PATH map made public
A new high-voltage electrical transmission line would stretch for 280 miles across West Virginia, from the outskirts of Charleston to just beyond the state's Eastern Panhandle, under a proposal made public Friday by American Electric Power and Allegheny Power.
If approved by the state Public Service Commission - as well as regulators in Virginia and Maryland - the Potomac Appalachian Transmission Highline, or PATH, would cross a dozen West Virginia counties and cost $1.8 billion.
Power company officials said the project is needed to shore up the nation's ailing electrical grid and, as proposed, "minimizes the effect on the natural and human environment."
"The PATH project is vital to the reliability of the electricity grid serving this region," said Michael G. Morris, president of Columbus, Ohio-based AEP.
"We understand the concerns about the impact of transmission lines and will work with the states and landowners to address concerns," Morris said, "but it is critical that we reinforce the transmission infrastructure to ensure we can continue to supply reliable electrical service 24 hours a day, 365 days a year."
However, PATH promises to face an even bigger fight than the Trans-Allegheny Interstate Line, or TrAIL. That project, a 500-kilovolt line across Northern West Virginia, was approved by the PSC in August 2008. The West Virginia Supreme Court declined to hear an appeal filed by the Sierra Club environmental group.
Weeks before the formal application for PATH was filed, dozens of residents had already filed objections with the PSC. The state Sierra Club and the West Virginia Highlands Conservancy announced opposition to the project.
"For West Virginians, PATH is primarily about two coal-based electrical power companies combining their efforts to cause to be mined and burned even more coal through mountaintop removal and other strip mining methods," said Frank Young, chairman of the Conservancy's power line subcommittee.
PATH, a 765-kV line, has been in the works for more than three years, since AEP proposed its I-765 project, which included a much longer stretch of transmission line reaching into New Jersey. For now, though, the company is seeking regulatory approval only for the 280-mile section that starts northwest of the John Amos Power Plant near Winfield, Putnam County, and ends at a proposed new substation at Kemptown in Frederick County, Md.
Maps unveiled Friday morning show the proposed route cutting across northern Kanawha County and through parts of Roane and Calhoun counties before running through the middle of Braxton County north of Sutton. From there, the proposed route turns northeast across Upshur and Barbour counties. Then, it turns east and cuts across Tucker County and the northern edge of the Monongahela National Forest, and then across Grant, Hardy and Hampshire counties.
The proposed route crosses into Maryland before coming back across Jefferson County south of Charles Town, and then on east into Maryland.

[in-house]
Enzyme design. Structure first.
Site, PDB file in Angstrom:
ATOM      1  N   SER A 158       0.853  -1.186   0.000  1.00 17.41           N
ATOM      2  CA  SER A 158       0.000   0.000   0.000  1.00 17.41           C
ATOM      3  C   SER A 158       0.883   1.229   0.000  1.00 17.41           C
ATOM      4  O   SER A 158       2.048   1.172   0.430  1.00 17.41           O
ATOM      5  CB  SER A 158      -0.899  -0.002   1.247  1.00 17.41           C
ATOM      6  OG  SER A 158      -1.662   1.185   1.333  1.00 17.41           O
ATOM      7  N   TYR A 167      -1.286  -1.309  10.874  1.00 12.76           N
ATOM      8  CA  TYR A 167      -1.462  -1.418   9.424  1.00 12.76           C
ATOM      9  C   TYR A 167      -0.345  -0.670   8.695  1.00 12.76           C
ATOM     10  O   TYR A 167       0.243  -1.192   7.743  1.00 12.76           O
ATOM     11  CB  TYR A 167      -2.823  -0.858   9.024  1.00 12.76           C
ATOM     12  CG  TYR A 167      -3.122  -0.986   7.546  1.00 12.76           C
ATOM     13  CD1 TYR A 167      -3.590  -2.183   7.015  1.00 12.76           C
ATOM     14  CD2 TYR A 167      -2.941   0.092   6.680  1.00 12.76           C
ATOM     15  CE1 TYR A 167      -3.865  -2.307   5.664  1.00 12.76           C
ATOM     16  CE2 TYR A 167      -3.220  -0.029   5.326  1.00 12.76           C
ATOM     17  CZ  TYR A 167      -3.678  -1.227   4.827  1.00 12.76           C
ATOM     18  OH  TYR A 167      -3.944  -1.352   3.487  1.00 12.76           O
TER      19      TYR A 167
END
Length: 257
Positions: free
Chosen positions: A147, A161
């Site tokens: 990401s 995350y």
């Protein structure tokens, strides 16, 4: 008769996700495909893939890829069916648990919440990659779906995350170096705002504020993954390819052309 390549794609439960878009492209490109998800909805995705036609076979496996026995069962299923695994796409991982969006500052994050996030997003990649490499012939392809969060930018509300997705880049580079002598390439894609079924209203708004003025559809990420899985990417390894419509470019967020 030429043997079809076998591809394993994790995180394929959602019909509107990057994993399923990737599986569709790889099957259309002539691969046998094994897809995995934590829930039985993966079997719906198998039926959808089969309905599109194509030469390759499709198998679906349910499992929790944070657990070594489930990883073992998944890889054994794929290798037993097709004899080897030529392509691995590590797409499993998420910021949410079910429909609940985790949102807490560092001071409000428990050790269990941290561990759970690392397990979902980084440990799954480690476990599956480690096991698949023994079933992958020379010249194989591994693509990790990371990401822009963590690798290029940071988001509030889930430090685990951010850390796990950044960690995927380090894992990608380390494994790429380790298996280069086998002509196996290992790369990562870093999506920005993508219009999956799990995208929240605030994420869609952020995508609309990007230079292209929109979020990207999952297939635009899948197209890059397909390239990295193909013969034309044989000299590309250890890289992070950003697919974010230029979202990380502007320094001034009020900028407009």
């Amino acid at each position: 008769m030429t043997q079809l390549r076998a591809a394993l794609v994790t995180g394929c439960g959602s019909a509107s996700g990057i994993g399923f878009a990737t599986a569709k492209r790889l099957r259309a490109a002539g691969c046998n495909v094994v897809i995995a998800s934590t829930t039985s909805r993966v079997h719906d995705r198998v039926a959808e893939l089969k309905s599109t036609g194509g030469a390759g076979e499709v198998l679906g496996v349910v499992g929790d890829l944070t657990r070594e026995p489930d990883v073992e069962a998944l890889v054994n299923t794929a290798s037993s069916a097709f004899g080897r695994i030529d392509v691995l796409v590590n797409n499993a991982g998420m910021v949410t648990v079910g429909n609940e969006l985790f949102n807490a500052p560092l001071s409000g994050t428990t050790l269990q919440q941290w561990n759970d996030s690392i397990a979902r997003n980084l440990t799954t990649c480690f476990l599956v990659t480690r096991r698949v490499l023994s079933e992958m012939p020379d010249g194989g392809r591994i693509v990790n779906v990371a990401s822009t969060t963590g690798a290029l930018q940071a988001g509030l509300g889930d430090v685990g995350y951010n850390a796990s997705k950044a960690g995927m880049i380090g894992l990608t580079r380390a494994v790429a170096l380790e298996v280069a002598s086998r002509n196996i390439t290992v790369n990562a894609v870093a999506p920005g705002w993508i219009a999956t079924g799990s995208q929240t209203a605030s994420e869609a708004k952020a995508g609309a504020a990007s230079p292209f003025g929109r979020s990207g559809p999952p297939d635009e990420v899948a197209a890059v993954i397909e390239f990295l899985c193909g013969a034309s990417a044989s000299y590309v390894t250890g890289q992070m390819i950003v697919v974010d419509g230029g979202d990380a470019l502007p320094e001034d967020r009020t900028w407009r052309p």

Details of the numbers of homes and other buildings affected, stream crossings and other impacts were not available. AEP officials said those were contained in a routing study filed Friday with the PSC, but not made public by the company or the agency Friday afternoon. More detailed testimony from the company to support its belief that the power line is needed is yet to be made public.
Also, landowners along the route will still not know exactly the impact on their homes. Routing maps chart a 2,200-foot-wide corridor, inside which a 200-foot right of way for the transmission line and towers would be built.
Under state law, if the PSC approves the project, the power company can take a right of way through eminent domain if landowners refuse to go along with the project.
Press materials released by AEP also did not include figures for what sorts of rate increases would be sought to pay for PATH. Company spokesman Phil Moye later put the figure at 67 cents a month for an average customer who uses 1,000 kilowatt hours per month. That's on top of the current cost of $72 per month. AEP's Appalachian Power already is seeking to increase that average cost to about $84 per month, according to Moye.
Friday's filing of the formal application for the PATH project starts a 400-day clock ticking under state law for the PSC to approve or reject the proposal.
Commissioners are expected to set deadlines for various parties - the PSC staff, consumer advocate and citizens - to file responses. Then, the PSC likely will set public hearings in the affected areas, as well as formal evidentiary hearings in Charleston.
Before it can approve the project, the PSC must confirm that the power line "will economically, adequately and reliably contribute to meeting the present and anticipated requirements for electric power of the customers served ... and desirable for present and anticipated reliability of service for electric power for its service area or region."
State law also says the PSC must determine whether the project "will result in an acceptable balance between reasonable power needs and reasonable environmental factors."